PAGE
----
TZVI AVNI – The First Quartet

Israeli Modern composer Tzvi Avni [born 1927] wrote at least three string quartets. The First Quartet, from 1962 and titled Summer Strings, is in four relatively brief, also titled, movements.

The first, Destination opens with what could be described as a slightly inebriated version of Flight of the Bumblebee for a solo violin. It positively scurries, before going pizzicato and allowing the ensemble to enter. Jewish sounds are prominent and the movement swaps in and out of pizzicato. The melodic lines are very propulsive until a slight relief brings about the end. The abundance of action belies this movement’s rather short duration.

The next movement, Argument, has a roughly hewn solo violin sound before the ensemble joins in with further propulsive harmonised lines. A brief pause leads to an undercurrent of string sound effects as the first violin scrapes its way into the high register. Now the harmonised lines return, albeit briefly and lead into a section of deep, resonant glissandi as the cello provides throbbing support. This music is constantly changing and a further pause brings another harmonised onslaught.

Variations without Theme is by far the longest movement. Deep, guttural ensemble tones make for a myriad of strong emotions – they gradually subside, yielding to a strong, closely harmonised passage. A new sound of trilling strings is wonderfully evocative and is followed by a section of an open-sounding harmonised statement. More trills are brief, and much sparser than before. Now dissonant violin lines paint a strange soundscape as the cello muses against the trilled sound before concluding.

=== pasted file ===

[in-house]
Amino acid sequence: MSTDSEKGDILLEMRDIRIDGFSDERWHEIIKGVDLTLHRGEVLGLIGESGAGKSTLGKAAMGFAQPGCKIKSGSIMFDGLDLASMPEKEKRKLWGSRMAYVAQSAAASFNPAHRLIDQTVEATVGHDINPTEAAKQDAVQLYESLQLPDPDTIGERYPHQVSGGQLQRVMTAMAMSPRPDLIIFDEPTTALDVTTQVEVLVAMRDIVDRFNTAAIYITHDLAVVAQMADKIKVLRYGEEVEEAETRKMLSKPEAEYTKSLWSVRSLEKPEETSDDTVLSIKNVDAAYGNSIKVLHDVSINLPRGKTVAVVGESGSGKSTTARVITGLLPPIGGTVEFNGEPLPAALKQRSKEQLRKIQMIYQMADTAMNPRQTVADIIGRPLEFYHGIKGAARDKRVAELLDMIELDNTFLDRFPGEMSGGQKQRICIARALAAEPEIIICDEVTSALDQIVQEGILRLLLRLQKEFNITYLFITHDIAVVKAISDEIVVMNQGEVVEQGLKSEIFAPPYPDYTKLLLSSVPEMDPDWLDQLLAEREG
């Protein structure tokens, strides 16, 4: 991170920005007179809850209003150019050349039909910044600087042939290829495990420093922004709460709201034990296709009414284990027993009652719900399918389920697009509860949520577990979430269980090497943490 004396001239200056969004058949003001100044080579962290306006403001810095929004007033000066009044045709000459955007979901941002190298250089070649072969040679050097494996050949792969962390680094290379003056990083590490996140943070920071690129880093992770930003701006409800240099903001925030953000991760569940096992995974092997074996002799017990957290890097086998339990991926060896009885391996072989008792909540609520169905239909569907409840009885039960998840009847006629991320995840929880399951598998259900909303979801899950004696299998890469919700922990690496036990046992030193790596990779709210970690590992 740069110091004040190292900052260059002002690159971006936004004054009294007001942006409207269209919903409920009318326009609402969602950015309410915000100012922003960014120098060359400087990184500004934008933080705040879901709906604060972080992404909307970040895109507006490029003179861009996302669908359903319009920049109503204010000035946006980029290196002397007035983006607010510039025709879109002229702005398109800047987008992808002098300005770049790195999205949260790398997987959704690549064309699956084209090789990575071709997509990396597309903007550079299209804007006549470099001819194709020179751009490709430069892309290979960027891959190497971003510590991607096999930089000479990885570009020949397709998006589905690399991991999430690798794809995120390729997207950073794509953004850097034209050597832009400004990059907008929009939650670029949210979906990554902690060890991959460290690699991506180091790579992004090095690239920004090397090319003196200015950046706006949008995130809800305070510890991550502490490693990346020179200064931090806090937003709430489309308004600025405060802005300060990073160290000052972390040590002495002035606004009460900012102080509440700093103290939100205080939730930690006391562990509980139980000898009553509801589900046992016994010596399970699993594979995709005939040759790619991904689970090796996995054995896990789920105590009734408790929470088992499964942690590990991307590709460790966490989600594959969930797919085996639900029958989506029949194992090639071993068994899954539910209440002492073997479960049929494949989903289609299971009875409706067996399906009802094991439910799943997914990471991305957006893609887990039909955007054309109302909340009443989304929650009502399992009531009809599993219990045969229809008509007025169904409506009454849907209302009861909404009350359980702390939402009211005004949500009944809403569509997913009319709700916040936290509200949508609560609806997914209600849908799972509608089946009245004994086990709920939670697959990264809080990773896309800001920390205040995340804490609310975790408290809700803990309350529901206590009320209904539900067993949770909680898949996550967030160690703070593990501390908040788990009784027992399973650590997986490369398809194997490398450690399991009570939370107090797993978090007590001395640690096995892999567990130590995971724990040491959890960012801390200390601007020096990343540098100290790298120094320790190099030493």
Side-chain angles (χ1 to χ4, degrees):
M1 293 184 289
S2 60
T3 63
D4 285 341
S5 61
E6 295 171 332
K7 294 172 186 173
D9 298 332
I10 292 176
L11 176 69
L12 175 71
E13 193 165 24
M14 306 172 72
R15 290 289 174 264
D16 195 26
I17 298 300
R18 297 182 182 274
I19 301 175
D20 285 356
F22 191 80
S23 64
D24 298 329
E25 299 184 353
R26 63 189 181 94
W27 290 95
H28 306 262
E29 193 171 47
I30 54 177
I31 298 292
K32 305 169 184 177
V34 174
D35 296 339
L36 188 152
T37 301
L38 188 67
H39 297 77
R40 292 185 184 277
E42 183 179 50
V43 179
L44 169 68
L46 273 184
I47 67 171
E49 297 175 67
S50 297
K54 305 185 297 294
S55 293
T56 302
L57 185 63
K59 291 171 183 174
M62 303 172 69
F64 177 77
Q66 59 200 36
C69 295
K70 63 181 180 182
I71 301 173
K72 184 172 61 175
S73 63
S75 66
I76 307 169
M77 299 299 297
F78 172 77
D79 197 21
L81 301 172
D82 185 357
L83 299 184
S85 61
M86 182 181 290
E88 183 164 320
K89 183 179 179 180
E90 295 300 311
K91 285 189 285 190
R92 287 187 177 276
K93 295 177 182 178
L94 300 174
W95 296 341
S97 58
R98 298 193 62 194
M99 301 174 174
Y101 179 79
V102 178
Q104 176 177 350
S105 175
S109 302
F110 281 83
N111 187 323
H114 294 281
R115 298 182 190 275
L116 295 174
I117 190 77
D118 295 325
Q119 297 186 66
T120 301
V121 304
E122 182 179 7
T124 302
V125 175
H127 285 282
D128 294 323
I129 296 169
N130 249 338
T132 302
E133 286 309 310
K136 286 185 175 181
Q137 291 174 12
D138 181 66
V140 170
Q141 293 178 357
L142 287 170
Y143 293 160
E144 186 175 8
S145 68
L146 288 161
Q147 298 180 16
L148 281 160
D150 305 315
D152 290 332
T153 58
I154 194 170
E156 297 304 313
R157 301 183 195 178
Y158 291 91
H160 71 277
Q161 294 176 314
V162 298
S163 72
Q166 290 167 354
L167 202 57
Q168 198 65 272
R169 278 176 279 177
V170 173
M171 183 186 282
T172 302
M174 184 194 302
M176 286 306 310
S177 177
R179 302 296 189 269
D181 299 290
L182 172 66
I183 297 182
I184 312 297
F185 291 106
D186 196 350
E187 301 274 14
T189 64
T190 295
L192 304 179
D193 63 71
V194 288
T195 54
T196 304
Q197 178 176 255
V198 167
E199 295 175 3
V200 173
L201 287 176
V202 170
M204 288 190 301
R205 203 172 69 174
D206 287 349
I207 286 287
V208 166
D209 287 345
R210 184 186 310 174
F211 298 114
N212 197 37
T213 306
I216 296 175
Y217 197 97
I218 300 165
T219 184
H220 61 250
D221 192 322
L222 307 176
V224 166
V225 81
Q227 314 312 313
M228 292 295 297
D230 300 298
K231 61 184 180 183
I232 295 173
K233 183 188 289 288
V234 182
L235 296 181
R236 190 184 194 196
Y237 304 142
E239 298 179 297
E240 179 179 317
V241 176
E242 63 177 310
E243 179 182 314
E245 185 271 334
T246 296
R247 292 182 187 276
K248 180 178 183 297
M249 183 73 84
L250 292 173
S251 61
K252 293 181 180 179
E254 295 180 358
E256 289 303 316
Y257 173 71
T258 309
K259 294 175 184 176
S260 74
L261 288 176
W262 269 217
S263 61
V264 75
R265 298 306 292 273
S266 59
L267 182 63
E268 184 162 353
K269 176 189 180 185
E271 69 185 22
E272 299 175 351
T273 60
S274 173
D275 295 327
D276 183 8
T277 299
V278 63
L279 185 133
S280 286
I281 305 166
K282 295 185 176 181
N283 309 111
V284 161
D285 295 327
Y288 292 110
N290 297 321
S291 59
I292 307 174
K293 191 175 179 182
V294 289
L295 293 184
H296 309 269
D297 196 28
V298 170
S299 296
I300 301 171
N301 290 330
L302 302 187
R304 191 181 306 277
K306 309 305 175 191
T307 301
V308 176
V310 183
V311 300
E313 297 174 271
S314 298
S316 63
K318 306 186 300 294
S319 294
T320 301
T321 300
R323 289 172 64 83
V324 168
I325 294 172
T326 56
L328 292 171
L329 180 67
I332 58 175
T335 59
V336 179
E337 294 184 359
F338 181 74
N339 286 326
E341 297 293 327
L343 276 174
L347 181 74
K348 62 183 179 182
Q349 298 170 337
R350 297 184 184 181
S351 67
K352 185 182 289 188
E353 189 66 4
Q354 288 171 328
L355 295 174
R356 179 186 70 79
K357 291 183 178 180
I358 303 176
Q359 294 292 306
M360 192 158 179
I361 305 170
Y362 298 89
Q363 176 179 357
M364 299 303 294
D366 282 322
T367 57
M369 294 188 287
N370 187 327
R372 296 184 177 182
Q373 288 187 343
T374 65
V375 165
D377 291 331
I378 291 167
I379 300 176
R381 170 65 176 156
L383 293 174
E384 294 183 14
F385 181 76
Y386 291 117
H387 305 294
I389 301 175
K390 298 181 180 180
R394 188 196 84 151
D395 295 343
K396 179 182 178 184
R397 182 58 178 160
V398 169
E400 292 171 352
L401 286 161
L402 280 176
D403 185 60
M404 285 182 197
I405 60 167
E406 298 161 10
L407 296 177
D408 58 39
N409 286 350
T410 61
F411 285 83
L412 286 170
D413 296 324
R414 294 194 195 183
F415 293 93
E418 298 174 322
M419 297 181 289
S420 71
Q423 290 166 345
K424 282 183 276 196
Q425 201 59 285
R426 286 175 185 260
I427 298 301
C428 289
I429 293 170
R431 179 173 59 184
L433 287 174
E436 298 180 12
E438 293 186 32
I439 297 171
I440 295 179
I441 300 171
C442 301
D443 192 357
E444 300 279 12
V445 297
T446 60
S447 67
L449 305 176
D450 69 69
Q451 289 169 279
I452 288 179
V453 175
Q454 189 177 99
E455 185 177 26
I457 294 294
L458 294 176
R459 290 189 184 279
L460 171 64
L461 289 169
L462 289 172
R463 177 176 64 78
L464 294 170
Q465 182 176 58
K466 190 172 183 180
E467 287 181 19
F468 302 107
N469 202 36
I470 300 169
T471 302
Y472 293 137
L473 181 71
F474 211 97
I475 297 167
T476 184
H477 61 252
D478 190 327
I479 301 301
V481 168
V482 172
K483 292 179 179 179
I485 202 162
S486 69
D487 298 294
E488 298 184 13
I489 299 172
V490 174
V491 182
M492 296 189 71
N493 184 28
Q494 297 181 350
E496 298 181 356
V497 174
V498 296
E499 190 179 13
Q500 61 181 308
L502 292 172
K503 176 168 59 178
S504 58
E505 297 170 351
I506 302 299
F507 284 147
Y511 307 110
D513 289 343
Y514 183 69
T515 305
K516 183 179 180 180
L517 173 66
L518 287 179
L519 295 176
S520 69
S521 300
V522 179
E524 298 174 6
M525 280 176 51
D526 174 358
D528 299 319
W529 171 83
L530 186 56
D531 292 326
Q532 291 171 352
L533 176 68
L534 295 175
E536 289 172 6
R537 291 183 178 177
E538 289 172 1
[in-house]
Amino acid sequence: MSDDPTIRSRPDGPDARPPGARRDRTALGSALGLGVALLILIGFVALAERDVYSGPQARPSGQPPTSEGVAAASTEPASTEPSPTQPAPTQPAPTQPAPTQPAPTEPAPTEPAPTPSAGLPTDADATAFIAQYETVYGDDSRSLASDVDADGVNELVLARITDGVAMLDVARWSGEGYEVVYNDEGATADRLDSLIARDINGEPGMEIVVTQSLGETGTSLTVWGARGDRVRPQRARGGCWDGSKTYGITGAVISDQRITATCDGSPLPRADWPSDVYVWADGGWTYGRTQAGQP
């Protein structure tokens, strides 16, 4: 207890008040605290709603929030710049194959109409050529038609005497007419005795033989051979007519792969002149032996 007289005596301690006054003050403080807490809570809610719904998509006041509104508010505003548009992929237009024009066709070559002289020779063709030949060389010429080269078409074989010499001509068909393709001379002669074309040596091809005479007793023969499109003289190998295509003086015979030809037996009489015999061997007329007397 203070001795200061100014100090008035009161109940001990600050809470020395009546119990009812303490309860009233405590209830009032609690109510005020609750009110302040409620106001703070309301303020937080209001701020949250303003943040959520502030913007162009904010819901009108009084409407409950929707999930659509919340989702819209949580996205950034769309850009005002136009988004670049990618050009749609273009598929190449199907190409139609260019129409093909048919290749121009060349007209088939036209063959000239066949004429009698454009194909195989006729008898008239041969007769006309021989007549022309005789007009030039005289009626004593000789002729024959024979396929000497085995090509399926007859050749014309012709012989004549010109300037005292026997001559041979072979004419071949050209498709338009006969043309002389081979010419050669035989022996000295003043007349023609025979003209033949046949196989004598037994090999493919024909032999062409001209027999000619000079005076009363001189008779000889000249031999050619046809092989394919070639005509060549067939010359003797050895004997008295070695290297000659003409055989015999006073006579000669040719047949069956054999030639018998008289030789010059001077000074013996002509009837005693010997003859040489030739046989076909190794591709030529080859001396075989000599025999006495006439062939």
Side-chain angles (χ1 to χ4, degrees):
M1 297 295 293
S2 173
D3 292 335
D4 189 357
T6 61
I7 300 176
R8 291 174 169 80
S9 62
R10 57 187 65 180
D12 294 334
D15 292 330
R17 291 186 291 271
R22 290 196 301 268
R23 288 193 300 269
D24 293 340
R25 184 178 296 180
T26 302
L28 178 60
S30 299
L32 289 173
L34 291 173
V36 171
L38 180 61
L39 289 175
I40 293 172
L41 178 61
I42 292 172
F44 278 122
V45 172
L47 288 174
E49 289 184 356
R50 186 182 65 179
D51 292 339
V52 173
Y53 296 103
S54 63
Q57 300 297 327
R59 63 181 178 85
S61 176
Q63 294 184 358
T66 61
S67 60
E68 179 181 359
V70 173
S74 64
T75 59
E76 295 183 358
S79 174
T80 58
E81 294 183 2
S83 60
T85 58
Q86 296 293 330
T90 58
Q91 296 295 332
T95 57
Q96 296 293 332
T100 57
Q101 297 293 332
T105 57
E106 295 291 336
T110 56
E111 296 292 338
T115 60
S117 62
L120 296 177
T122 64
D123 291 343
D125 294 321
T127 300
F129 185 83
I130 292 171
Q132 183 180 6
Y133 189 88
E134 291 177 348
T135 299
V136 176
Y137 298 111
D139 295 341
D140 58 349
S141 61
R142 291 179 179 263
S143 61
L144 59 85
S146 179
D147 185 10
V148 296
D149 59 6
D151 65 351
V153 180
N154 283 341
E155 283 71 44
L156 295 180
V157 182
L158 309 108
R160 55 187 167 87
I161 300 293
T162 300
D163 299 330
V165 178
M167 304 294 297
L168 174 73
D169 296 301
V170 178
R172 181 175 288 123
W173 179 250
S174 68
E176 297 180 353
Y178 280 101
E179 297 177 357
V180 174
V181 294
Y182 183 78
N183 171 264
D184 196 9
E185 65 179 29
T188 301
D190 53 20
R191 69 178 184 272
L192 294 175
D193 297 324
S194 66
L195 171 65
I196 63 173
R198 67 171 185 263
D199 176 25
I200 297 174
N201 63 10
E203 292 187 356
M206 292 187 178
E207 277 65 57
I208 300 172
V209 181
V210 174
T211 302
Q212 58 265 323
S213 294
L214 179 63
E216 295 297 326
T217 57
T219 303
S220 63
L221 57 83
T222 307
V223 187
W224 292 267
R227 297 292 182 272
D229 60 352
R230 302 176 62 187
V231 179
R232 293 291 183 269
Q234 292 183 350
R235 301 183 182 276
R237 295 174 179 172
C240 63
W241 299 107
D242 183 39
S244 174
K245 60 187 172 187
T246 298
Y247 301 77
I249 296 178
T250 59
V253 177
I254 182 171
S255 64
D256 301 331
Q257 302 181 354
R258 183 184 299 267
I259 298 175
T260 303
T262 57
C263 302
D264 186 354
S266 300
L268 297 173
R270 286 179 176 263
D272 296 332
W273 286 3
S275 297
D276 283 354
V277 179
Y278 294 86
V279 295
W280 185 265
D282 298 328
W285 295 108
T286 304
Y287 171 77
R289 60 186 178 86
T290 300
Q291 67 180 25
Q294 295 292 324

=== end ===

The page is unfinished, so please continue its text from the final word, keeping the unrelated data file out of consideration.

The final, brief Interweaving opens with a pizzicato sound conversing with an expressive violin. The pizzicato continues but various moods are evoked by the ensemble with searching melodies to be heard. A rhythmic passage drifts into a chaotic section of some intensity which ends with a flourish.

Avni can certainly say a lot in a short piece – the work runs for barely nine minutes and the emotional range is quite expansive.

This is progressive Jewish-based music, I would say more intense than I have heard from this kind of sound before. The CD also contains moving works from three further progressive, but provocative composers, Mordecai Seter, Josef Tal and Ödön Pártos. This disc, simply titled String Quartets, by the New Israel String Quartet, on the Music in Israel label, has unfortunately disappeared since I first heard it on Spotify. I could only find it as a download from iTunes.

The disc is still on Spotify, and there are several quartets on earsense and YouTube.

Listenability: Slightly confronting Jewish-based work.


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